It is merely ‘David’ writing an autobiography with sage advice for his readers.
He obviously regrets some of the silly things he did in his youth and he advocates taking life seriously and preparing for the future.
Edit 30 October 2015:
This book of the King James version of the Old Testament must not be conflated with the Book of Ecclesiasticus which is contained in the Apocrypha, the set of books that were excluded from the final version. This book contains more of the triteness of Ecclesiastes, which is why I, and I am sure other writers have become confused. For example:
Ecclesiastes. 25:13 Give me any plague, but the plague of the heart and any wickedness, but the wickedness of a woman.
Ecclesiastes. 25:22 Of the woman came the beginning of sin, and through her we all die.
Ecclesiastes. 25 26; If she go not as thou wouldest have her, cut her off from thy flesh, and give her a bill of divorce, and let her go.
Ecclesiastes. 26:9-10 The whoredom of a woman may be known in her haughty looks and eyelids. If thy daughter be shameless, keep her in straitly, lest she abuse herself through overmuch liberty.
Ecclesiastes. 26:14-15 A silent and loving woman is a gift of the Lord and there is nothing so much worth as a mind well instructed. A shamefaced and faithful woman is a double grace, and her continent mind cannot be valued.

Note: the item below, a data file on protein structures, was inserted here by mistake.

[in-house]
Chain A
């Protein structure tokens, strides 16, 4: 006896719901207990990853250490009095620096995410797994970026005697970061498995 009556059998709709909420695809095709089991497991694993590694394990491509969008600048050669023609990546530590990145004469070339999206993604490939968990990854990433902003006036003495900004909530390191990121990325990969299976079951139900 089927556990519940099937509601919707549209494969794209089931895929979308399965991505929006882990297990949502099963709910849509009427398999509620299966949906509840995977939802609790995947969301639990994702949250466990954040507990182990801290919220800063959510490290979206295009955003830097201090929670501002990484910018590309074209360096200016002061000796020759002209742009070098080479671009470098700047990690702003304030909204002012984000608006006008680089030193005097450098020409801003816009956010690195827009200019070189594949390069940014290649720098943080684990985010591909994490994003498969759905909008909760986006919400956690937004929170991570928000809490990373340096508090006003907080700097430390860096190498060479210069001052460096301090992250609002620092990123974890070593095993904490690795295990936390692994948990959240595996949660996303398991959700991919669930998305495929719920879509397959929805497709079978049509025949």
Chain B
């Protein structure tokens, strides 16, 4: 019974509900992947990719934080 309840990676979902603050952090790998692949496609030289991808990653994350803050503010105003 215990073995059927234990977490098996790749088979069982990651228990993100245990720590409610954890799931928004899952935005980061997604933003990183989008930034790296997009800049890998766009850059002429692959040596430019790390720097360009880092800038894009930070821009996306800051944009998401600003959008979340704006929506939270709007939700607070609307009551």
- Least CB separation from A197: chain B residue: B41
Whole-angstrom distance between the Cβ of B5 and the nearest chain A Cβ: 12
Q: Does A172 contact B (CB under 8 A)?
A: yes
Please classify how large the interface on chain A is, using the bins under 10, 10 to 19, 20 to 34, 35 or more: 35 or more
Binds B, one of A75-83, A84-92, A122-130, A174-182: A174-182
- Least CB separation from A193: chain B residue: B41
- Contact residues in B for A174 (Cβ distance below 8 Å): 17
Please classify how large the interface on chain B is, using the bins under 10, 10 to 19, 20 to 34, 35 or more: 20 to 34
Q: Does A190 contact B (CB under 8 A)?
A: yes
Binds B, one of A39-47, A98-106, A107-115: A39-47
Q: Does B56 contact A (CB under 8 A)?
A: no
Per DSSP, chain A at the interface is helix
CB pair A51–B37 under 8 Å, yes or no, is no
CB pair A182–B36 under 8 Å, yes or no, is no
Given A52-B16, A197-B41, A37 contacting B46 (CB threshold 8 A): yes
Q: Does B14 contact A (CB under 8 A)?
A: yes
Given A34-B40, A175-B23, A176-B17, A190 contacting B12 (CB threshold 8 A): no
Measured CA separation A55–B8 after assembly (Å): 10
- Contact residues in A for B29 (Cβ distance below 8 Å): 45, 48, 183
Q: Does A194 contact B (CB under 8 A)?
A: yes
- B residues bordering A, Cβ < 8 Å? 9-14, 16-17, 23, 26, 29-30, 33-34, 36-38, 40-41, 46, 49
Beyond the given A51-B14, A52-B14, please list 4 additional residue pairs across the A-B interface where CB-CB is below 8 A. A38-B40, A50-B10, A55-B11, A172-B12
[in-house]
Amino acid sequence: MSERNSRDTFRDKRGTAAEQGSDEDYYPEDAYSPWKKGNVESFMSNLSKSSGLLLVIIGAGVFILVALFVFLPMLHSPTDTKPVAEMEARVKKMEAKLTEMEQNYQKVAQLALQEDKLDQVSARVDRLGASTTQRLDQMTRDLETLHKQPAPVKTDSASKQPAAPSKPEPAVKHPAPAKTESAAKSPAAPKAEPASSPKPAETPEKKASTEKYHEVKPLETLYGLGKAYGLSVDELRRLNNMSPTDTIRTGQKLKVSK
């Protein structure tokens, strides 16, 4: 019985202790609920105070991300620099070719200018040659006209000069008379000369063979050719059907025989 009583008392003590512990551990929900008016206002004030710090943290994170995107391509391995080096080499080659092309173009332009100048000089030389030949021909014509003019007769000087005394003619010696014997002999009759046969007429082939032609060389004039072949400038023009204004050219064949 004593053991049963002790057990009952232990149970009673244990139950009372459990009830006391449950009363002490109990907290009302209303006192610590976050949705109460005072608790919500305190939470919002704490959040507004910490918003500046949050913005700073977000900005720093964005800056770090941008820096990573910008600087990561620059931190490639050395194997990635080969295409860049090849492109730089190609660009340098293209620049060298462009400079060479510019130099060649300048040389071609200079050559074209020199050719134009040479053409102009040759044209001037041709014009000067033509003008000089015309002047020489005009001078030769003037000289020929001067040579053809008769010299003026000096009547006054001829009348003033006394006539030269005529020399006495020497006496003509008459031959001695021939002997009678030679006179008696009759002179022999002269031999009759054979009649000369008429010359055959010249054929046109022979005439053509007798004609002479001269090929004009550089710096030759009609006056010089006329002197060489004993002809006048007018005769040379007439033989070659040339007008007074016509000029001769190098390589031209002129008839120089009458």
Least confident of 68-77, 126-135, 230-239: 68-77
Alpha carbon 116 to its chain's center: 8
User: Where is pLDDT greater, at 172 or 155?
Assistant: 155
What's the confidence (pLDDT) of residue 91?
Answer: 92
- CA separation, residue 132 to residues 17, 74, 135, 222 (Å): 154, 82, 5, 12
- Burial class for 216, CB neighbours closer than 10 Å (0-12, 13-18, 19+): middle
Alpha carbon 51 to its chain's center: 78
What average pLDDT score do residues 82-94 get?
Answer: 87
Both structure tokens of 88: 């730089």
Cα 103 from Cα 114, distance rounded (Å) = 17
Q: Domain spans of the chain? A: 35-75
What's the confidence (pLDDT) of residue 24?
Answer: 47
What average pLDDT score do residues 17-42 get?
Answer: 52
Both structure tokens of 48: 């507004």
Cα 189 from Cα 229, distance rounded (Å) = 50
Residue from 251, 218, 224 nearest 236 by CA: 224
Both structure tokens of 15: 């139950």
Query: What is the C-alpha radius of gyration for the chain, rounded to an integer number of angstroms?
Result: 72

Ecclesiastes.26:25 A shameless woman shall be counted as a dog; but she that is shamefaced will fear the Lord.
Ecclesiastes. 42:13-14 For from garments cometh a moth, and from women wickedness. Better is the churlishness of a man than a courteous woman, a woman, I say, which bringeth shame and reproach.See comments below for the post that brought this error to my attention.
Song of Solomon appears written in the throes of a love affair, sometimes it seems that the writer is speaking to a male lover and at others to a female.
It seems to be the words of Solomon, (we know that he had vast numbers of women) but, living in the more liberal 21st century, is it possible that he also had male lovers. It wouldn’t have been unusual considering the time, even though God declared it to be an abomination, or are the the words of one of his women.
It is a little erotic and even quite stirring, not an unpleasant read at all. It demonstrates that life in ancient Jerusalem wasn’t only all about religion and God’s wrath, or that Solomon was more of a lover than a fighter:
Song of Solomon 7:11-13 Come, my beloved, let us go forth into the field; let us lodge in the villages. Let us get up early to the vineyards; let us see if the vine flourish, whether the tender grape appear, and the pomegranates bud forth there will I give thee my loves. The mandrakes give a smell, and at our gates are all manner of pleasant fruits, new and old, which I have laid up for thee, O my beloved.